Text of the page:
The search for our Big Story isn’t just a Scottish search, but part of a wider predicament. The Nordic nations which we reference all the time feel this anxiety and fragility as much as we do. Having come the nearest to living the social democratic dream we reference, the Swedes today worry about what has happened to their own Big Story: the Peoples’ Home (the folkehemmet); the Norwegians and Finns have similar experiences.
Here is my suggestion for Scotland’s Big Story. It isn’t about the union or independence, but instead a country which takes power from politicians, elites and organisations and becomes a vision of a self-governing set of communities.
Sceptics will say this is unrealistic; that the modernist urge is to centralise and concentrate power. This is the ideology which led to us building tower block slums and believing the hyperbole of RBS and HBOS.
We have a major problem with how we organise society, business and do politics. People want to have more control, influence and autonomy in their lives, and yet the bureaucrats and bean counters in the public and private sectors and their narrow notion of organisations, power and what is ‘knowledge’ still think they know best.
The power of self-organising people and the utopian imagination can be seen in the Glasgow University student occupation. Students and academics have demanded that Anton Muscatelli stop acting like a little dictator, and ventured onto the terrain of who runs the organisation, and the search for a different model than the business one to nurture a vibrant learning community.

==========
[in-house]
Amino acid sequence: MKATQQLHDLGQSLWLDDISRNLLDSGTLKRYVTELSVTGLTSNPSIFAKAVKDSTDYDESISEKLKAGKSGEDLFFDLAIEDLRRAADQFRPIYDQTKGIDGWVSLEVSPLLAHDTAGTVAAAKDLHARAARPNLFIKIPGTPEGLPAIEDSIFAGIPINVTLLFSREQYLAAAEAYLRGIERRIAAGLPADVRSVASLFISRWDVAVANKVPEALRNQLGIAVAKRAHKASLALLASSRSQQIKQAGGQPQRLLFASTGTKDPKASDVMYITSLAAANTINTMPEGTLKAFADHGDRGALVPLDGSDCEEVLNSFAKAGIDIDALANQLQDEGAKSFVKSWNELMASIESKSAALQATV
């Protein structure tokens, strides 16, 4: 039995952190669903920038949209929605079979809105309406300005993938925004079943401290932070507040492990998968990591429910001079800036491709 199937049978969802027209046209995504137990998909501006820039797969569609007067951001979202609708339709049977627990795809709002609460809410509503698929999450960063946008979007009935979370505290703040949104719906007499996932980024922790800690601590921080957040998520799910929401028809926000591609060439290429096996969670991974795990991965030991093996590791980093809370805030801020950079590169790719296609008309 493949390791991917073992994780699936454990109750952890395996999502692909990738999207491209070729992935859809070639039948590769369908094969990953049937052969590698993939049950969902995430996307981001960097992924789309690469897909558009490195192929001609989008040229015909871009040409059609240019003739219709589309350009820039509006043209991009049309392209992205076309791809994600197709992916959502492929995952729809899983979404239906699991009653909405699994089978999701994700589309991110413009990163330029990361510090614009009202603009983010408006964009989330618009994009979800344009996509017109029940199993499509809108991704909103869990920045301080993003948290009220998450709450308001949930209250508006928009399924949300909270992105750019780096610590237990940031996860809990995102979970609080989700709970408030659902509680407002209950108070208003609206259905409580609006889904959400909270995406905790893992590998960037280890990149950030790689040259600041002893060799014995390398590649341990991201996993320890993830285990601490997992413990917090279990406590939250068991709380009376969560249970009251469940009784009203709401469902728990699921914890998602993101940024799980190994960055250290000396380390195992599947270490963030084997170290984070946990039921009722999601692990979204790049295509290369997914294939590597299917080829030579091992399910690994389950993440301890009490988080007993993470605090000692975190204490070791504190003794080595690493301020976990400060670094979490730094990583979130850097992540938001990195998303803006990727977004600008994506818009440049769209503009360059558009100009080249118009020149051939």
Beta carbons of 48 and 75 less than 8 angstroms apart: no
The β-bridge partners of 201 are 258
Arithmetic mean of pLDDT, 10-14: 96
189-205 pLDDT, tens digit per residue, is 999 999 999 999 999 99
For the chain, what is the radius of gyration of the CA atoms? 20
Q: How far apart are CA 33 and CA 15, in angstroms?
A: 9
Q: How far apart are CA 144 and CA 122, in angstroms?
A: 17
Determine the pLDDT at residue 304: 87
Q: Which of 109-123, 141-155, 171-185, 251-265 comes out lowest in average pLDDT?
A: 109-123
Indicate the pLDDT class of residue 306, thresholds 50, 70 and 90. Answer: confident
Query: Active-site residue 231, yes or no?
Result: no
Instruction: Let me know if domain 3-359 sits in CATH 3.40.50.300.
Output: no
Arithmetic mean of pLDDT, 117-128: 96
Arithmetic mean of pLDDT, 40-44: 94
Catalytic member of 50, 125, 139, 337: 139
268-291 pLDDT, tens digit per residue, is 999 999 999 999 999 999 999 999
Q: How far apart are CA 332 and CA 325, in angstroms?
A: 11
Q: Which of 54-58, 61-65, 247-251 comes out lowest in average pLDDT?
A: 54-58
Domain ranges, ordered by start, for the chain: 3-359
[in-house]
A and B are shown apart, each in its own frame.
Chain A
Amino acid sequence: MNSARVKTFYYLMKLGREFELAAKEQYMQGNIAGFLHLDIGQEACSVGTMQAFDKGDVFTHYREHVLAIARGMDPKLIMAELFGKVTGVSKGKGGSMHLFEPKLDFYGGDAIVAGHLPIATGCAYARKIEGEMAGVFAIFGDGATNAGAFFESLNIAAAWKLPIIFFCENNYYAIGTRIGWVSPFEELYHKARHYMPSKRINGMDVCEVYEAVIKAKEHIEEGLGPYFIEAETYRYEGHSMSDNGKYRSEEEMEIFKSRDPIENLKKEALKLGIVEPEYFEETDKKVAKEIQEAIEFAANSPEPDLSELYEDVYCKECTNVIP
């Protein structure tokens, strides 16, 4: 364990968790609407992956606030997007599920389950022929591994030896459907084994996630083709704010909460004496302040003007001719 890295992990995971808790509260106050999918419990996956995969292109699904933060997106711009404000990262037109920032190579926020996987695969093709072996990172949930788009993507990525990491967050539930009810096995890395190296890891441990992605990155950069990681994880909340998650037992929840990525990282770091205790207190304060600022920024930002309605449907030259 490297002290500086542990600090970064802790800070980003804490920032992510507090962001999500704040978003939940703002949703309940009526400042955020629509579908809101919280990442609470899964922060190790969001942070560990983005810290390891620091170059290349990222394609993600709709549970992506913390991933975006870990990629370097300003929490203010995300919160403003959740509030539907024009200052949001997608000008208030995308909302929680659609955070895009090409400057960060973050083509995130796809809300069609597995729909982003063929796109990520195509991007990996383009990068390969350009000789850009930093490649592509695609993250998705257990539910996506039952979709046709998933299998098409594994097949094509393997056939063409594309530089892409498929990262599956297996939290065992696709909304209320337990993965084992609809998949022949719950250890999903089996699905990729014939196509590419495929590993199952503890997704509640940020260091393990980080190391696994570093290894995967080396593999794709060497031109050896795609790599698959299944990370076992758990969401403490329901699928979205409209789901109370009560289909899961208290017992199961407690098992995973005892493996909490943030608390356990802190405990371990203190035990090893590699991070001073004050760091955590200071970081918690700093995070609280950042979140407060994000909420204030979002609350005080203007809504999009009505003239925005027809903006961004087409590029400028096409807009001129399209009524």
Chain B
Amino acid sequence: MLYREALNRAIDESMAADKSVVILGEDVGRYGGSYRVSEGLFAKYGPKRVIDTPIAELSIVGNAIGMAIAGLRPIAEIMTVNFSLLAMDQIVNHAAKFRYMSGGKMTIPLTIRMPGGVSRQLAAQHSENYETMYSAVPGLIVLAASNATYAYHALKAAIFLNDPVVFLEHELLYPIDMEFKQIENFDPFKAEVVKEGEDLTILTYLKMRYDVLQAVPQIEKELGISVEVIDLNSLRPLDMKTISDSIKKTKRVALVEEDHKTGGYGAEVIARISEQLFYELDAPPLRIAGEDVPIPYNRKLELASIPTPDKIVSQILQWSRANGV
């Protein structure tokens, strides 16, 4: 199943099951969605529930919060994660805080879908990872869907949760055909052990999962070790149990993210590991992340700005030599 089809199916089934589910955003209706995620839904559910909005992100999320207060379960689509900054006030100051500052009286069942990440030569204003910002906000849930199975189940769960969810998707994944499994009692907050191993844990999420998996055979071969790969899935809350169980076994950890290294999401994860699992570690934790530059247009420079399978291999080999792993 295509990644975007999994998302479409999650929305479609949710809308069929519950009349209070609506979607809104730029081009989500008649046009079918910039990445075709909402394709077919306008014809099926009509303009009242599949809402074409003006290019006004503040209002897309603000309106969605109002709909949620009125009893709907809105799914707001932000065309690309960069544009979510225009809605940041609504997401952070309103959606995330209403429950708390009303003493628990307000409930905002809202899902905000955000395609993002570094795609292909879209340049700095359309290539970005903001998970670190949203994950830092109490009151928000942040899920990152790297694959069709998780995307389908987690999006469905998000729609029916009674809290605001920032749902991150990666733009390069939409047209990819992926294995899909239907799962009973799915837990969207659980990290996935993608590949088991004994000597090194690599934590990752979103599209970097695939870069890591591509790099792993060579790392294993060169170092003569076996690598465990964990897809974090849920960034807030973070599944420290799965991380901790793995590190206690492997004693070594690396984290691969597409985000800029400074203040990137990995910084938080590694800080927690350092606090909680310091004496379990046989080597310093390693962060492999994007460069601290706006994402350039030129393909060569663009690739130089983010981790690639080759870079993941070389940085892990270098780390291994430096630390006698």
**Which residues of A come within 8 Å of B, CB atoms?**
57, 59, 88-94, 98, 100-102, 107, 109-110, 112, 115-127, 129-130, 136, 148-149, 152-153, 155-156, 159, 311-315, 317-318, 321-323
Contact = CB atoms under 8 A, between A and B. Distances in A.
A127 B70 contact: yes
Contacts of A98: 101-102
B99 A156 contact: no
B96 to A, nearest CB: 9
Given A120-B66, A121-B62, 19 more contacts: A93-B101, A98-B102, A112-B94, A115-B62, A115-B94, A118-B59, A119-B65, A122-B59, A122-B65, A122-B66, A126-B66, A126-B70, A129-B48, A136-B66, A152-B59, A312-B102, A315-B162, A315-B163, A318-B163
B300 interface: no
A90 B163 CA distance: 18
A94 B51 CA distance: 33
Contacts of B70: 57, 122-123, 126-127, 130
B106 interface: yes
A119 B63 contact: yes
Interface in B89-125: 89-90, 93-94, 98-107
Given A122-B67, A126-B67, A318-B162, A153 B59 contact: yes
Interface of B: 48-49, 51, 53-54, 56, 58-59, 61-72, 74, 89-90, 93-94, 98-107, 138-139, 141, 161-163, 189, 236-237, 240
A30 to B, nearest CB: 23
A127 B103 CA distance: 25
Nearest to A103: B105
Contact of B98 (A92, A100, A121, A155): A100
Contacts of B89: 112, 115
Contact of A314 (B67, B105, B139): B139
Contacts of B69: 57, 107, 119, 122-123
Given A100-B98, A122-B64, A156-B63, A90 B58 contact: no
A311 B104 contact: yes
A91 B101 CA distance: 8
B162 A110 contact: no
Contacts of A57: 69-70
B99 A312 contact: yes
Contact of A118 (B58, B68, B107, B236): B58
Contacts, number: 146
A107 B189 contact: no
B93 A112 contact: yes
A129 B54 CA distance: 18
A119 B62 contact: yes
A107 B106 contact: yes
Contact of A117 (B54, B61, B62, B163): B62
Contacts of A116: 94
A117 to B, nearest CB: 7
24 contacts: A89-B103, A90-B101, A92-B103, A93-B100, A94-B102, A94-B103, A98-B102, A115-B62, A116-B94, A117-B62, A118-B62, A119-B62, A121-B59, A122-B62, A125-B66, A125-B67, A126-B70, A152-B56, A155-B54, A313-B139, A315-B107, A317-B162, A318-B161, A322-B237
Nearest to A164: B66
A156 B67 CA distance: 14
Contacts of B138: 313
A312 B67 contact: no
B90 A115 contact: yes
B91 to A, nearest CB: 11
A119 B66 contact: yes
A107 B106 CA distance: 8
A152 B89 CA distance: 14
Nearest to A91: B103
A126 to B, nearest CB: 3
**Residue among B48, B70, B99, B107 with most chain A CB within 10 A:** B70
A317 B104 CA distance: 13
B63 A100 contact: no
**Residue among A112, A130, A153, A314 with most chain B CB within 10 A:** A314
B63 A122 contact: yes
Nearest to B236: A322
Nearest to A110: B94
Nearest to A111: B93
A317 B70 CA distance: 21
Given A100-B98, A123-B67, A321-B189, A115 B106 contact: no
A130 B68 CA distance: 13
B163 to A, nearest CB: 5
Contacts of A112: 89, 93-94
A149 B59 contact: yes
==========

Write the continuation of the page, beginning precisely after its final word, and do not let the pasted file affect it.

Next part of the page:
The 20th century of course saw the idea of utopia taken to the horrors of Nazi Germany and the Soviet Union. This doesn’t mean that dreaming of a different kind of society or the utopian impulse is over, merely that the notion of the utopian blueprint, of rationalising, organising and systematising a whole society should never be attempted again. We have to take from this that history isn’t at the end, and our current flawed economic and social order isn’t the zenith of humanity.
Scotland’s Big Story is out there; an alternative, parallel nation already thriving under the radar; in the work of the Transition Towns movement, in the ideas of cultural planning, and in the local futures work which goes on across the nation often without any institutional support.
You can find it in parts of our political mainstream, where people kick against the stultifying nature of our party politics, but if it is evident anywhere here it is in the Scottish Greens. They have a vision of a decentralist, sustainable nation, championing wind, wave and solar power, and a self-governing and self-determining community; this is surely an independence which matters and is an inter-independence for an interdependent world.
If we are to create a new Big Story for Scotland it won’t come solely from politicians or one party, it will require a gathering of people who want a different kind of nation and society. That means a movement for social change, one informed by a story of self-organising people saying that the ‘old Scotland’ has served us well, but had its day, and the new revolutionaries of the market have equally failed us.
We don’t want to be treated as children by authority or as brands, products and consumers; we want to define ourselves as complex, messy, contradictory adults, as people who dream of and create a different Scotland. As Umair Haque wrote, ‘The future’s not predicted, it’s created’.